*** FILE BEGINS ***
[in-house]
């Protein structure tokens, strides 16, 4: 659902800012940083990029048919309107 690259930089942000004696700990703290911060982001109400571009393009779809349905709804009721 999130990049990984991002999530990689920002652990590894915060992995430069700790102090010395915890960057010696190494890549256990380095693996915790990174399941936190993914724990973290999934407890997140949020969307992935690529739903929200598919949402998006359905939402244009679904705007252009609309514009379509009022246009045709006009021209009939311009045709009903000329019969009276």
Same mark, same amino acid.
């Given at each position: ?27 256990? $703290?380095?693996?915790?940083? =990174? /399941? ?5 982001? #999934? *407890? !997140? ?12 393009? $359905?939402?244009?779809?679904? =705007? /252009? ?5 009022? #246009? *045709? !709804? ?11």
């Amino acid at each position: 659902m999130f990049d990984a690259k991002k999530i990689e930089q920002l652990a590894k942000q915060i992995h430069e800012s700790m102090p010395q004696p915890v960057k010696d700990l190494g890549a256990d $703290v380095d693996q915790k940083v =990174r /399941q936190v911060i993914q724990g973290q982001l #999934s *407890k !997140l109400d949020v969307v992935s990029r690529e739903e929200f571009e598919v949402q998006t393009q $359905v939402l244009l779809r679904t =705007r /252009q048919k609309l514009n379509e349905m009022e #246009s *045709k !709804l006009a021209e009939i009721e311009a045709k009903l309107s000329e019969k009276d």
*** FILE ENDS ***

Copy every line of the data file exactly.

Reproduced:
[in-house]
């Protein structure tokens, strides 16, 4: 659902800012940083990029048919309107 690259930089942000004696700990703290911060982001109400571009393009779809349905709804009721 999130990049990984991002999530990689920002652990590894915060992995430069700790102090010395915890960057010696190494890549256990380095693996915790990174399941936190993914724990973290999934407890997140949020969307992935690529739903929200598919949402998006359905939402244009679904705007252009609309514009379509009022246009045709006009021209009939311009045709009903000329019969009276």
Same mark, same amino acid.
């Given at each position: ?27 256990? $703290?380095?693996?915790?940083? =990174? /399941? ?5 982001? #999934? *407890? !997140? ?12 393009? $359905?939402?244009?779809?679904? =705007? /252009? ?5 009022? #246009? *045709? !709804? ?11």
């Amino acid at each position: 659902m999130f990049d990984a690259k991002k999530i990689e930089q920002l652990a590894k942000q915060i992995h430069e800012s700790m102090p010395q004696p915890v960057k010696d700990l190494g890549a256990d $703290v380095d693996q915790k940083v =990174r /399941q936190v911060i993914q724990g973290q982001l #999934s *407890k !997140l109400d949020v969307v992935s990029r690529e739903e929200f571009e598919v949402q998006t393009q $359905v939402l244009l779809r679904t =705007r /252009q048919k609309l514009n379509e349905m009022e #246009s *045709k !709804l006009a021209e009939i009721e311009a045709k009903l309107s000329e019969k009276d």